Why Would My Doctor Ask Me If I Climax During Sex?

Dr. Pepper Schwartz

Dr. Pepper Schwartz

Q: My doctor asked me during an annual exam if I climax during intercourse. I thought it was a strange question but I couldn’t answer because I haven’t had sex in more than 25 years. I don’t recall any problems before unless I never have climaxed and didn’t know it. So why would she think I might not? If I choose to have a relationship at that level, should I see a doctor first? -S.C.

Dr. Pepper Schwartz: I have to agree: That’s a strange question. Quite odd. Perhaps she was trying to find out if you were having some kind of sexual outlet, in which case she should have asked you that directly. It may also be that even if she knew you weren’t having sex with a partner, she was trying to find out if you masturbated and had orgasms because they do seem to be correlated with overall health and well being.

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It’s unlikely that you could have climaxed and not know it. A climax is more than a pleasurable feeling: It’s an overall build up of erotic energy that is so exciting that eventually it is released in a few seconds of intense pleasure with a total body response (sometimes experienced as jerky spasms of the uterus), a lot of panting or gasping and a resultant “spent” feeling. It’s unmistakably what it is! She may have thought you didn’t have that experience because of something you said about sex, or the fact that she knew you had not had a partner in a long time.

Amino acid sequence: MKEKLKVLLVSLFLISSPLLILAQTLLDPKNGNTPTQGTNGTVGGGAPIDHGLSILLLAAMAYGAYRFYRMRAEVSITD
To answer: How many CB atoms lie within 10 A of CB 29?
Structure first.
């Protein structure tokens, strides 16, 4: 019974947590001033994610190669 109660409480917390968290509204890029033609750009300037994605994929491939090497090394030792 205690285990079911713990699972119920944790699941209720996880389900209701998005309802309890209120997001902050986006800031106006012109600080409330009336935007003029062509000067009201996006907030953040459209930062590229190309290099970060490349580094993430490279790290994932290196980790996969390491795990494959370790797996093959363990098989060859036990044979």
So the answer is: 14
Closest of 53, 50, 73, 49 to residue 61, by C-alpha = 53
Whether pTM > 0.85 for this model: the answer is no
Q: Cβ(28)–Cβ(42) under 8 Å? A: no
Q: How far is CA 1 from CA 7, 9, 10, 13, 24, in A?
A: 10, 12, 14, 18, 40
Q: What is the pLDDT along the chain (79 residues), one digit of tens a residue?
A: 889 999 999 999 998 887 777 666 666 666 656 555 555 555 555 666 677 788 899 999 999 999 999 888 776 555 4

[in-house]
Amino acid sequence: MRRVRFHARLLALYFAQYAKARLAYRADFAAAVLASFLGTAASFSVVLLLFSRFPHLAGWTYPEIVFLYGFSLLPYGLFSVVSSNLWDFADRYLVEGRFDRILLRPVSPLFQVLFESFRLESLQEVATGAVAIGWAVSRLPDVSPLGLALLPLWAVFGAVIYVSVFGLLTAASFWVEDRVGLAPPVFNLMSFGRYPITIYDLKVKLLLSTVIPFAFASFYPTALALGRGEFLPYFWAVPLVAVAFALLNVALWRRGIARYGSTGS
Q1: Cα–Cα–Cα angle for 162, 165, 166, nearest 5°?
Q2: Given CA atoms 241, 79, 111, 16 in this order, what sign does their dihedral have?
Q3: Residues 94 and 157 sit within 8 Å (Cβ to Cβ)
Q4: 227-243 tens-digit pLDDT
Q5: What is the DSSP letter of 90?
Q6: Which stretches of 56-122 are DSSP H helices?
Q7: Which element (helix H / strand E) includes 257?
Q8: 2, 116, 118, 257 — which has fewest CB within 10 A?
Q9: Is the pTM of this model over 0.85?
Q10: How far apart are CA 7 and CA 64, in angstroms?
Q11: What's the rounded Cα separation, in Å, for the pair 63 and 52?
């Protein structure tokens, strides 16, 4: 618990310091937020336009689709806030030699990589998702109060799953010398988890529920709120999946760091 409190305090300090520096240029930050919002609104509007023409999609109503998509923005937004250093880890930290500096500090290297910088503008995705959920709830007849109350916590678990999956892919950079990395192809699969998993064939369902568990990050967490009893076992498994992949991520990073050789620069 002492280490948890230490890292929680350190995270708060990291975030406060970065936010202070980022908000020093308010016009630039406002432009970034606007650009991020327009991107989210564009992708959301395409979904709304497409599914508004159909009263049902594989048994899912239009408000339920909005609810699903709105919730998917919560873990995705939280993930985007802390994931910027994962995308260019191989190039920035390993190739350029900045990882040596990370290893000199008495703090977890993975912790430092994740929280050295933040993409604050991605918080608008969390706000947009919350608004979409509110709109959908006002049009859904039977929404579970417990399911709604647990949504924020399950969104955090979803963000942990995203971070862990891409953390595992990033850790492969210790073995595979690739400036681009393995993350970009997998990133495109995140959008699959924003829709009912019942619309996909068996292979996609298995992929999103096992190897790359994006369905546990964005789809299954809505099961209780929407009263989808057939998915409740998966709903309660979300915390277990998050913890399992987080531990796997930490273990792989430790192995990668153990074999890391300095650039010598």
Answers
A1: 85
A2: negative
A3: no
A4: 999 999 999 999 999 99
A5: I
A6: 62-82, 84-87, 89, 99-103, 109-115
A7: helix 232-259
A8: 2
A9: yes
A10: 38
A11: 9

Given how long it has been since you’ve had a sexual relationship, I think it might be a good idea talk to your physician or a sex therapist before you get involved with someone. Your vaginal tissues might need some rehabilitation because they haven’t been used in a long time (unless you masturbate with a dildo, in which case you might be fine.) You would also need to think about how to talk to a partner about sex, especially on how to make sure you use a barrier method of contraception (older people can get sexually transmitted diseases, too) but most importantly, to help yourself feel very comfortable about the prospect of being in a sexual relationship again.

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Dr. Schwartz answers questions every Monday, Wednesday and Friday. Submit your question hereRead of Pepper’s columns here. And be sure to follow Pepper on Twitter @pepperschwartz.

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